This is an archived article that was published on sltrib.com in 2013, and information in the article may be outdated. It is provided only for personal research purposes and may not be reprinted.
Richmond, Va. • Look at London Fletcher's career stats, particularly the column of numbers under the letter "G."
Nothing but 16s for "Games" played. On and on and on. Through four years with the St. Louis Rams. Five with the Buffalo Bills. Six with the Washington Redskins.
It's become routine to say that Fletcher has never missed a game in his NFL career. It's routine to hear him say that he's been "blessed" with "good genes." It's routine to hear him insist that he only thinks about his playing streak when reporters bring it up.
And, every year that passes, the routine becomes more remarkable.
Robert Griffin III has missed a game, and he's only played one season. Keenan Robinson, the 2012 draft pick groomed as a possible successor to Fletcher, has already missed five games and had two serious shoulder injuries. He might not play at all this season.
Fletcher's streak is now at 240, the longest among active players in the NFL. He's been credited with 1,321 tackles and 608 assists, which translates into nearly 2,000 confrontations with running backs, tight ends and quarterbacks and not a single impact that caused him to miss the next game.
"London," Griffin said, "has been amazing."
Fletcher is now 38, back for another year captaining the Redskins defense as an inside linebacker. It wasn't a sure thing that he would make it back this time. There were times last year when he couldn't practice because of injuries. Then he kept silent for a while after the end of the season and waited until he had ankle and elbow surgeries to proclaim that, no, he never seriously considered retirement.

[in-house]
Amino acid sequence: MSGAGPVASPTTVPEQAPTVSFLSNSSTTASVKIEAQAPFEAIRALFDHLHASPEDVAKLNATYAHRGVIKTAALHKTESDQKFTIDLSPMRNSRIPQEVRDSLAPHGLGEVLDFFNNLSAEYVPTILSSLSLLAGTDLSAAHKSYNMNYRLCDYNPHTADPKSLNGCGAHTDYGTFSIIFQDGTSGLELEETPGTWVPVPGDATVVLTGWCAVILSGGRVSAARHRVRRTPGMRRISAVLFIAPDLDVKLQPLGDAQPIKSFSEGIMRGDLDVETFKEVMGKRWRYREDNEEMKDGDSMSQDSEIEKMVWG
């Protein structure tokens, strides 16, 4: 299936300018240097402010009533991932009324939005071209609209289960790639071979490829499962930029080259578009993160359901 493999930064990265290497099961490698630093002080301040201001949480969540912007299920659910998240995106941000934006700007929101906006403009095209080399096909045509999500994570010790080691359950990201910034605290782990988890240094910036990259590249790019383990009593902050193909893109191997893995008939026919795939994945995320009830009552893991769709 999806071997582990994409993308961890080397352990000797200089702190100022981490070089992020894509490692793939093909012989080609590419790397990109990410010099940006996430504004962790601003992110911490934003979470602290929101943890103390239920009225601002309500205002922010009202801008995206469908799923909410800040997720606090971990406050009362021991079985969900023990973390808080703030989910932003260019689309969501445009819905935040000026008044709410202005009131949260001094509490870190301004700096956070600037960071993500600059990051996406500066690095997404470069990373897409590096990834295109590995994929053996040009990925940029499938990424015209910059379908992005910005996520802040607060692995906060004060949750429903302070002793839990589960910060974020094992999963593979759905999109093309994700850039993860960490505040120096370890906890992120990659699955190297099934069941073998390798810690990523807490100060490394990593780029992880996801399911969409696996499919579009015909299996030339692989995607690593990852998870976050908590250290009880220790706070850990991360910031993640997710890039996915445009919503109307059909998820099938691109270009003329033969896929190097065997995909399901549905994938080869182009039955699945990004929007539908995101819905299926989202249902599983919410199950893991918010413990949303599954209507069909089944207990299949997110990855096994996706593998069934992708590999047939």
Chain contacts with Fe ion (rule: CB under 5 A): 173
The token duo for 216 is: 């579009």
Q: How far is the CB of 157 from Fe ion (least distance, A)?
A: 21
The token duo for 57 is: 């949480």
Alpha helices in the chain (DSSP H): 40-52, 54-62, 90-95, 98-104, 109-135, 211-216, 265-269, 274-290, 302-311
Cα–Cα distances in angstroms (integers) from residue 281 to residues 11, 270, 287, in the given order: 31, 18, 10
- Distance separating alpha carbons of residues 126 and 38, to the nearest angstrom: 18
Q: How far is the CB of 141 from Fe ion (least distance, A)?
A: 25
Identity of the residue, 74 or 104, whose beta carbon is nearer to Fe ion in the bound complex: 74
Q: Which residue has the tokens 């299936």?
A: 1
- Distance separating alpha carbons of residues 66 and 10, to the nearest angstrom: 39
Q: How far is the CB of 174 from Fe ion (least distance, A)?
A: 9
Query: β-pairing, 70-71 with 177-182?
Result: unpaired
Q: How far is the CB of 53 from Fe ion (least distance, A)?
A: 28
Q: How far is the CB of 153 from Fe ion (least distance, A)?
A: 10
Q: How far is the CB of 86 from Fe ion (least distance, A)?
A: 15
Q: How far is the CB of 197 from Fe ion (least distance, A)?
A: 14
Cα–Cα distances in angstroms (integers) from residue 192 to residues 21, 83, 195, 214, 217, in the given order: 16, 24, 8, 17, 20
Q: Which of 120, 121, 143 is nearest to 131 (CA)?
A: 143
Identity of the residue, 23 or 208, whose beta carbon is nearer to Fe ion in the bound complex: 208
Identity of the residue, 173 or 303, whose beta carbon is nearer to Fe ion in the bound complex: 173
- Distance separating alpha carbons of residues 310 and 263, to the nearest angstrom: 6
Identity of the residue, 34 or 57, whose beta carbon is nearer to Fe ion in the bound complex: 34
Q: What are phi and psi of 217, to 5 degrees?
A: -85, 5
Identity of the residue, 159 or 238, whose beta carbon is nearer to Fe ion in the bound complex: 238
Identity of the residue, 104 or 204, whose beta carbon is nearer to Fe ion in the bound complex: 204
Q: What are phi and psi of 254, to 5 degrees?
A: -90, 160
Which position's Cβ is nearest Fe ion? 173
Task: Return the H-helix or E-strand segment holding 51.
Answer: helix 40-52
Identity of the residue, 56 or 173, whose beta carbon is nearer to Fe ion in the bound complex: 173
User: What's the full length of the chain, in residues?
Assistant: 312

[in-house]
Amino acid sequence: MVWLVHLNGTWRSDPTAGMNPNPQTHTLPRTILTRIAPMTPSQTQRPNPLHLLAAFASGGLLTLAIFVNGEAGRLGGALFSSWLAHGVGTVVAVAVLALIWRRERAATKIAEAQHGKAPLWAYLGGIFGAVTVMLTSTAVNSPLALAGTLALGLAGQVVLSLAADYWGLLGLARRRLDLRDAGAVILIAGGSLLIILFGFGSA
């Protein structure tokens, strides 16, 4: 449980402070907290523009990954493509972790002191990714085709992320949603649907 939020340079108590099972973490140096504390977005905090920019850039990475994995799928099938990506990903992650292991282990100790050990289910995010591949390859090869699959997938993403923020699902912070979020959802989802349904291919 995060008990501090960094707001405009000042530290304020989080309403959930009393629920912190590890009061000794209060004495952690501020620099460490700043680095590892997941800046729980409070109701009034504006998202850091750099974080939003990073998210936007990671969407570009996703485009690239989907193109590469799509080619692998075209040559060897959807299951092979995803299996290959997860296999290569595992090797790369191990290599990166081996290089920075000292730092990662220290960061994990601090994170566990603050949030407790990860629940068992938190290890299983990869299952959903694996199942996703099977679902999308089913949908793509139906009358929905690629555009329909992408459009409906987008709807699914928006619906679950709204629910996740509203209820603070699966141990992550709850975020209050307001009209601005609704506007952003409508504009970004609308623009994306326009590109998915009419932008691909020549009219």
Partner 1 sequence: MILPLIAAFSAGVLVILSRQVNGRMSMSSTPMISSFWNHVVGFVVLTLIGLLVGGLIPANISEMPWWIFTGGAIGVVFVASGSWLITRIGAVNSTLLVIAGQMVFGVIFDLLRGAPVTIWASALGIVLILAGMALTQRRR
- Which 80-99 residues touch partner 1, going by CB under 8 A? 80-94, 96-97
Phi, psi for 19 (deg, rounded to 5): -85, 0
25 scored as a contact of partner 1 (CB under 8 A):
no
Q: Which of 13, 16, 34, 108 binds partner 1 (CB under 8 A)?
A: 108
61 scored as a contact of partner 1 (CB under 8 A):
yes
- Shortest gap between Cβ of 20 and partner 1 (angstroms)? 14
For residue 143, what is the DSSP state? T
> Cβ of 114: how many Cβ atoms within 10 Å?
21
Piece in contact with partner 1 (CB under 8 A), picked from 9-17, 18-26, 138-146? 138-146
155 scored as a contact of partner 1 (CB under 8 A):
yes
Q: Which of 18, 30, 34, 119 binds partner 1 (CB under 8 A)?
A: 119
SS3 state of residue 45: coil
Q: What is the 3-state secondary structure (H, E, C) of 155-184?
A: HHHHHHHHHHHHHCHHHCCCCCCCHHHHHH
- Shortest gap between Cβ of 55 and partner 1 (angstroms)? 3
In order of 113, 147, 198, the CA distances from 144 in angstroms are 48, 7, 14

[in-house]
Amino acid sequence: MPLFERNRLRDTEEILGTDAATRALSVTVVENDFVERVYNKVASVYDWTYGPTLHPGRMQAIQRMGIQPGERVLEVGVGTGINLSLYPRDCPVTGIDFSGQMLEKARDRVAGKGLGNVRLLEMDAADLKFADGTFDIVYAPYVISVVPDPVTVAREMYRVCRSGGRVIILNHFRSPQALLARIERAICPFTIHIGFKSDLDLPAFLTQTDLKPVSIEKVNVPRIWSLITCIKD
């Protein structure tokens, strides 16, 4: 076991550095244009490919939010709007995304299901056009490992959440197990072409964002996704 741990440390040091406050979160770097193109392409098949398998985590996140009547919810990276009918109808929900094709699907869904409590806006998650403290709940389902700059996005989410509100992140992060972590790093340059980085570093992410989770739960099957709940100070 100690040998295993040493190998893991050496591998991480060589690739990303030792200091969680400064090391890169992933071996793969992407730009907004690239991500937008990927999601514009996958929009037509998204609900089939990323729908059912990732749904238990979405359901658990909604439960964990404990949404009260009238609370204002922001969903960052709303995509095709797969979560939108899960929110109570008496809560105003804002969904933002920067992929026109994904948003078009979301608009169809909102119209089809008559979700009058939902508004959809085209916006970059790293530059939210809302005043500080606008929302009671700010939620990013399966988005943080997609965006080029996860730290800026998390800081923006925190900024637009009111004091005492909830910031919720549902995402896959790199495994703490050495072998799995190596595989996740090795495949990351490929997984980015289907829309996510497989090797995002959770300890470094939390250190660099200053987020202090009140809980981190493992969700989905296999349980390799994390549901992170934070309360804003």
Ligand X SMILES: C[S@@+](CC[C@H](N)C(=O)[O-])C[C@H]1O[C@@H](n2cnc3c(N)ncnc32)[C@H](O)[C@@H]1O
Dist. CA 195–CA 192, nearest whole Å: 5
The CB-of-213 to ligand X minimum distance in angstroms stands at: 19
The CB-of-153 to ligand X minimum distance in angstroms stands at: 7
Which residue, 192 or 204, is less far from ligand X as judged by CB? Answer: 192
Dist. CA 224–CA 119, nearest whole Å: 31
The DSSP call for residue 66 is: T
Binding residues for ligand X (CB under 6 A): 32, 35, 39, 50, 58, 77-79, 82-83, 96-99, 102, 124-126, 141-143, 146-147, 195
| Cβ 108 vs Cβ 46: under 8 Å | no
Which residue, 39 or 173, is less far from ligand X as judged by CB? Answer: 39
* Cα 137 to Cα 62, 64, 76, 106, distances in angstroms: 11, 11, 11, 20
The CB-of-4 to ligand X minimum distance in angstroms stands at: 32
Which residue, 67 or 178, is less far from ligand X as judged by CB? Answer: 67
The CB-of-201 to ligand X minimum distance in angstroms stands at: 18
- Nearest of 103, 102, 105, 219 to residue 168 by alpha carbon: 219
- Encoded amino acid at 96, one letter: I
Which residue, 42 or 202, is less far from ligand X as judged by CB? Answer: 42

"It's just something where you get up every day and go to work and don't think about it," Fletcher said. "It's pretty much how I go about my business. I get up every day, come to work and don't think about the durability part until somebody brings it up. I feel good. I try to do a lot of different things to keep myself feeling good. The training staff does a great job of working with me, and the coaches do a great job of monitoring my reps and things like that. So I don't think about it a whole lot."
Besides, now is not the time to quit. The Redskins went 32-48 in Fletcher's first five seasons in Washington, and the losing was starting to wear on him. Now they are the reigning NFC East champs. They are on the rise with Griffin, whose own medical marvel is the speed in which he's returned from reconstructive knee surgery.
"Well, if I was impressed with him before (last) season, how do you think I feel about him now?" Fletcher said with a laugh. "I think he exceeded all expectations, and that's really hard for a guy like him to come in with such high expectations. And when you think about it, this franchise has been looking for a franchise quarterback for, I don't know, over 20 years. So to finally get one ..."
Fletcher is two-plus seasons away from the record for consecutive games played by a defensive player, Jim Marshall's 282-game run from 1960-79. He's in the last year of his latest contract, but that's immaterial. As long as he keeps playing well he's been second-team All-Pro the last two years the Redskins will want him back.
"Really, in the National Football League, you are always on your last year of your contract for the most part," Fletcher said. "This is just the nature of the business. I have scratched and clawed my whole career. I came in as an undrafted free agent, so I was on the last year of my contract 16 years ago when you really think about it. It's not something I spend a lot of time with. I'm focused on this season and that's pretty much it."